Tu/W/Th 01:00-03:30 205 Dwinelle Instructor: Howard Fisher
Session D: July 3rd-August 11th.
“I’ve seen justice for all genders and classes and sexualities, and it was as alien to me as the extra-terrestrial creatures who practiced it. This image of justice sprang from my own imagination, taking place on another planet, in another time, for a species of people very unlike humans. It took science fiction for me to see a clear picture of what justice could be. And at the end of the day, that’s all it was – fiction.” — Maisha Johnson
This course will trace an American tradition of science fiction writing from the antebellum period to the present. Focusing on films, novels, and especially short stories, the course serves as an introduction to the genre and as an exploration of the insights that science fiction offers as an object of socio-cultural analysis. The course specifically develops students’ understanding of the forms and tropes that define science fiction and connects these to a critical language for discussing matters of ethnic and racial diversity in the history of the United States. With these goals in mind, the course examines the development of a genre while situating works within their socio-cultural and historical contexts.
The central questions that structure the course proceed from the fundamental paradox that attends the genre: How do we imagine something different from what we have? What allows the science fiction story to establish, with remarkable economy, a vision of a world? How do we recognize similarities and locate differences between historical circumstances and the circumstances represented in science fiction? What kinds of desires and fears do the worlds of American science fiction enact? When do they do so critically as opposed to unthoughtfully, and how do we tell the difference? How have indigenous, African, latino/a, and Asian American writers and filmmakers given form to their marginalized experiences and to radical political projects for social justice through science fiction? Is science fiction able to broaden the range of possible ways cultural diversity can be imagined, or only change its guise?
We begin with famous writers of the pre-Civil War and American Renaissance periods to inquire why the age gives rise to visions of technological advancement, human perfectibility through biological modification, and punished hubris. We will focus on how and why excitement and anxiety about industrialization appears again and again alongside fear of slave rebellion. We will likewise examine works of the same period that give shape to early visions of American black nationalism.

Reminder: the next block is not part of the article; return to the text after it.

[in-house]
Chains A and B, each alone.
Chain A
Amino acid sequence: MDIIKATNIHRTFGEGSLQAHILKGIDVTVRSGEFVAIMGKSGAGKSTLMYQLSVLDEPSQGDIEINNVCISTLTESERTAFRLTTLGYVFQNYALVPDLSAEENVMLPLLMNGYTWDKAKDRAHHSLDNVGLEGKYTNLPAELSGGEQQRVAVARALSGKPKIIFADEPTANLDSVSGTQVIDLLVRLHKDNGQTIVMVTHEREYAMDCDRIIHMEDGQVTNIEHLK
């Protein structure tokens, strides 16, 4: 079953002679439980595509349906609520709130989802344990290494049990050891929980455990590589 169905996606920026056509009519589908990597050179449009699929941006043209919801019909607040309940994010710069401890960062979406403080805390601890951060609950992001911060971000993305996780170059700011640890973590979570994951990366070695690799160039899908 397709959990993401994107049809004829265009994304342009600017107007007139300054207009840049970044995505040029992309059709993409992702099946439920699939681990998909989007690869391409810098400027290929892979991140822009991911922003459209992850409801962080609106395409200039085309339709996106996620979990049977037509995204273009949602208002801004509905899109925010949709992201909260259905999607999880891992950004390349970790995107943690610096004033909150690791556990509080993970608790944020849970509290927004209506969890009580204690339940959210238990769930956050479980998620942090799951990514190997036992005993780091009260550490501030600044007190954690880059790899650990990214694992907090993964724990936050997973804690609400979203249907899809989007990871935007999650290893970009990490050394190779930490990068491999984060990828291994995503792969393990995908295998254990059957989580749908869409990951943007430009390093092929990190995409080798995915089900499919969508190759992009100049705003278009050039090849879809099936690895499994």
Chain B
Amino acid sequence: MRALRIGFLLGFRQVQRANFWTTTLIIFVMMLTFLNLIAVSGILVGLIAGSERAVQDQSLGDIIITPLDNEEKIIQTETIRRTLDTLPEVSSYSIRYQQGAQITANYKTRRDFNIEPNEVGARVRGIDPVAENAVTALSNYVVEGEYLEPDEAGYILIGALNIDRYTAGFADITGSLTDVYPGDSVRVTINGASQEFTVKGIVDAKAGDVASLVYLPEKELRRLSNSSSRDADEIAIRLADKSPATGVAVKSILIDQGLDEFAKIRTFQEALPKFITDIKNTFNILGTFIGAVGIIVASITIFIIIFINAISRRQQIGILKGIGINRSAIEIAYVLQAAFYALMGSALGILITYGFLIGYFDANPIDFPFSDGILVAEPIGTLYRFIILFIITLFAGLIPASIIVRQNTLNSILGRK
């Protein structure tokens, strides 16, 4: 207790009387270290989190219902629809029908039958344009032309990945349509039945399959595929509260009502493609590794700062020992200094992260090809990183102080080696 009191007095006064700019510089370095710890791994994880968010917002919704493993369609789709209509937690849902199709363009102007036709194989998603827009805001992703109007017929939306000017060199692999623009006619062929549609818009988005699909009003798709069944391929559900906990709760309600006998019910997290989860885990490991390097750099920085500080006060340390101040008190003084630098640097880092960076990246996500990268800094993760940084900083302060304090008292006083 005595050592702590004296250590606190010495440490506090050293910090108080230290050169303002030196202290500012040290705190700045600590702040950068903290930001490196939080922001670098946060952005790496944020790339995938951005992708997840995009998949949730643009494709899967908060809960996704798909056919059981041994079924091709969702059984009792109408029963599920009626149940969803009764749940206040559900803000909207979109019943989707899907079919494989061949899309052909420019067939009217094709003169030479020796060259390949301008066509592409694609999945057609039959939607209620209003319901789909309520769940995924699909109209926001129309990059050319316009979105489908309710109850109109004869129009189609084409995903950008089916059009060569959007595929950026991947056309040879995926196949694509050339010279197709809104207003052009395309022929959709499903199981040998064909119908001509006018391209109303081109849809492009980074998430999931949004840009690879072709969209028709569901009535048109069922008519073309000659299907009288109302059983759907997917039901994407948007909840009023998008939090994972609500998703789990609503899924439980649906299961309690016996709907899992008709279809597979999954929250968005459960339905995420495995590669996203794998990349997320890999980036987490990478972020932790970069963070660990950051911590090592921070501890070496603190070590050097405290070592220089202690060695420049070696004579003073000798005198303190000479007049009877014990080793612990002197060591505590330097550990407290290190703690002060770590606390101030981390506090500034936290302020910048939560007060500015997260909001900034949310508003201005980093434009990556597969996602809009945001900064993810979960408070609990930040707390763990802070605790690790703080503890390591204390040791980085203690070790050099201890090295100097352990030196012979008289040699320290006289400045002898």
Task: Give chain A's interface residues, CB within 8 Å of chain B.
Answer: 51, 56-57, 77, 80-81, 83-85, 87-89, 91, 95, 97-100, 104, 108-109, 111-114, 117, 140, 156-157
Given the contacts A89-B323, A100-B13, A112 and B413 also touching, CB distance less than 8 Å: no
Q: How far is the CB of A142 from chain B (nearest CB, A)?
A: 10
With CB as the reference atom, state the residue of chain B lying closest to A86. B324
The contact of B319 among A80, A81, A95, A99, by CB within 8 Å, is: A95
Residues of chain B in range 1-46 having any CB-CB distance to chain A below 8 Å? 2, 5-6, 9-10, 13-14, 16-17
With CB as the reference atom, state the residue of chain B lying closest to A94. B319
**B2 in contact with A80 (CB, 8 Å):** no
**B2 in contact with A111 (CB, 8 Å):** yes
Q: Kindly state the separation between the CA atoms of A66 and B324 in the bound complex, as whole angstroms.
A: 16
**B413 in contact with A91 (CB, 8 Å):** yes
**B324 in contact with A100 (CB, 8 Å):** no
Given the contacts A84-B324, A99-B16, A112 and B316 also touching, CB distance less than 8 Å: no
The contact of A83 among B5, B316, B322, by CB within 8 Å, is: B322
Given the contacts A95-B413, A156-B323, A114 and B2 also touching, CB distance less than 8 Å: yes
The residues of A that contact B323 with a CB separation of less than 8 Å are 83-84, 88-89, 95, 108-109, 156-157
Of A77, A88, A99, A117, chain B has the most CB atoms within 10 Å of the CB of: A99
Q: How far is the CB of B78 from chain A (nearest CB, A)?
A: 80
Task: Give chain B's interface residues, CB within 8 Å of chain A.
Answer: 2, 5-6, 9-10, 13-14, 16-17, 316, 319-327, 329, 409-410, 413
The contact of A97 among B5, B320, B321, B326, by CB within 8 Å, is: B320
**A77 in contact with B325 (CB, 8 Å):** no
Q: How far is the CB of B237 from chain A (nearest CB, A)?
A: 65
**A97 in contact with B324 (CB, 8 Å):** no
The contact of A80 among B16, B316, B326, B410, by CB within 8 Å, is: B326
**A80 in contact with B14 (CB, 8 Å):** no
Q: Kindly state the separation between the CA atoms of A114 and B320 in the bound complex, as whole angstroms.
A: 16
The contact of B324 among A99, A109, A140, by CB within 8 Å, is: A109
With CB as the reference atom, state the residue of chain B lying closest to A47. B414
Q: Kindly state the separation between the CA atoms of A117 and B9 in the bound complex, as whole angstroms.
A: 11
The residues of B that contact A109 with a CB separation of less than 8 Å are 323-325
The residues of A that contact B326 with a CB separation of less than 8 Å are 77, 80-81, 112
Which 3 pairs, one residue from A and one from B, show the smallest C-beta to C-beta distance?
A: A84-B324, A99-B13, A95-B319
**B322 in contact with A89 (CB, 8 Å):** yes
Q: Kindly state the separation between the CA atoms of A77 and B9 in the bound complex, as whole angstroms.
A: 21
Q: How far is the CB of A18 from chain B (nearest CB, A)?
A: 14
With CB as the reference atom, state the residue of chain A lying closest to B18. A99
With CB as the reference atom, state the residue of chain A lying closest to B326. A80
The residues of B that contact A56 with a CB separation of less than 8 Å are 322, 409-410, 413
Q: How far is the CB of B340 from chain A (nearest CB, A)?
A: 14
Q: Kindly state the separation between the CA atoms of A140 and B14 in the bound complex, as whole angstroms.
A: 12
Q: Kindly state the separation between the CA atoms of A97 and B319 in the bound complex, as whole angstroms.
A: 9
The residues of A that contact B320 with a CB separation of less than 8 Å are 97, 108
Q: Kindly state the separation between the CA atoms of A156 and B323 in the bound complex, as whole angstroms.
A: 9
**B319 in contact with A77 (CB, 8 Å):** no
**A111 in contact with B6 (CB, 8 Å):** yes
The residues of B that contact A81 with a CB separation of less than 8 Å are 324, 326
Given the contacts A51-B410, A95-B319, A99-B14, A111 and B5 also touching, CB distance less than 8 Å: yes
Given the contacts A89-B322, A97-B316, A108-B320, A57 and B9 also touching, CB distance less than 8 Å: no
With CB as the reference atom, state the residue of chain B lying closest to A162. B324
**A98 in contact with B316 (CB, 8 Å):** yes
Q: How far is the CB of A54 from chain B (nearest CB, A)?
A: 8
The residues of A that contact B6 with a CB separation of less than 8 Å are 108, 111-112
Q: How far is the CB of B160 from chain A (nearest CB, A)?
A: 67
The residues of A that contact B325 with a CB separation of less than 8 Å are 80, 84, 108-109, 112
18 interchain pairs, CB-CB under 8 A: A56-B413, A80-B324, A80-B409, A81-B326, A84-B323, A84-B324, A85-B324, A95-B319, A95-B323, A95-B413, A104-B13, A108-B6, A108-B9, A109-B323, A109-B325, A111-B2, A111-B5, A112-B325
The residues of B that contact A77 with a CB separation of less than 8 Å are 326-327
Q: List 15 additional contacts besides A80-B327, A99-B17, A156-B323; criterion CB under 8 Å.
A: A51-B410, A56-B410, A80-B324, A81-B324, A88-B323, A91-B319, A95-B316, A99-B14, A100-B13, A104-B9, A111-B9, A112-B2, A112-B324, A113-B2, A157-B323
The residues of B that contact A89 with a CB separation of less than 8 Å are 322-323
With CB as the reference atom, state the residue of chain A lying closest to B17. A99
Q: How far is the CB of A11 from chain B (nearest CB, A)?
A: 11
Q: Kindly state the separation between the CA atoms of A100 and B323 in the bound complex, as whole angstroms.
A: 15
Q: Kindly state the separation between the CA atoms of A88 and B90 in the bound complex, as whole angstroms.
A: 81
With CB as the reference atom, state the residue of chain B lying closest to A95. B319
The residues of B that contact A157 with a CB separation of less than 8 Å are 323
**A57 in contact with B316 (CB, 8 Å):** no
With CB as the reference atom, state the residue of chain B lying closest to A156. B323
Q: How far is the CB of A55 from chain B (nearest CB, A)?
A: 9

In the second unit of the course, we read works that emerge from the legal and institutional xenophobia of the early twentieth century in the U.S. The fictions read in this unit address questions of demographic transformation and projects that seek to manage it. We will continue to pursue the way that science fiction creates new worlds but will take up the additional goal of describing science fiction’s relation to satire.
We then turn our attention to science fiction after the American Civil Rights movement. Here the course will examine the way fictions of the period generate both post-racial fantasies and visions of interracial harmony. Special attention will be given to how works reflect an increased interest in precisely locating racial and ethnic difference in the mind and/or the body.
The course concludes by bringing a plurality of perspectives to bear on the qualities that fundamentally distinguish science fiction. For instance, how do attempts on the part of indigenous people to disentangle native science from “primitive” knowledge and myth change the scope of the genre? How does a narrator’s insistence on its radical sexual difference present barriers to what a reader can know about a possible world? We consider not only how these works critique contemporary social organizations, but also how they reframe the science fiction genre as a means of enriching the social imaginary. This unit will also address a problem of generic interpretation that arises at the intersections of cultural difference: not all literature that can be interpreted as science fiction is written as science fiction. It may read as such for some people while for others it represents a contemporary lived reality. Thus to read a work as science fiction can be to appropriate its way of meaning or to place it at a distance at a distance from reality. To help us approach these works with care, we will read them alongside critical and theoretical texts by scholars of feminist, Native-American, African-American, and queer studies.
Zainab Amadahy, The Moons of Palmares
Ray Bradbury, “The Other Foot”
Octavia Butler, “Bloodchild”
Martin R. Delany, selections from Blake, or The Huts of America
Samuel R. Delaney, “Among the Blobs” and “Aye, and Gomorrah…”
George P. Elliott, “The NRACP”
Alexis Pauline Gumbs, “Evidence”
Nathaniel Hawthorne, “The Birthmark” and “Rappaccini’s Daughter”
H.P. Lovecraft, “The Horror at Red Hook” and The Shadow over Innsmouth
Herman Melville, “The Bell Tower”
Mia Mingus, “Hollow”
Edgar Allan Poe, “The Thousand-and-Second Tale of Scheherazade” and “Things of the Future”
Gerald Vizenor, “Custer of the Slipstream”
Change of Mind (1969), dir. Robert Stevens
Escape from the Planet of the Apes (1971), dir. Don Taylor
Monsters (2010), dir. Gareth Edwards
A course reader will be available at University Copy Services, 2425 Channing Way. Course readings are also available on bcourses.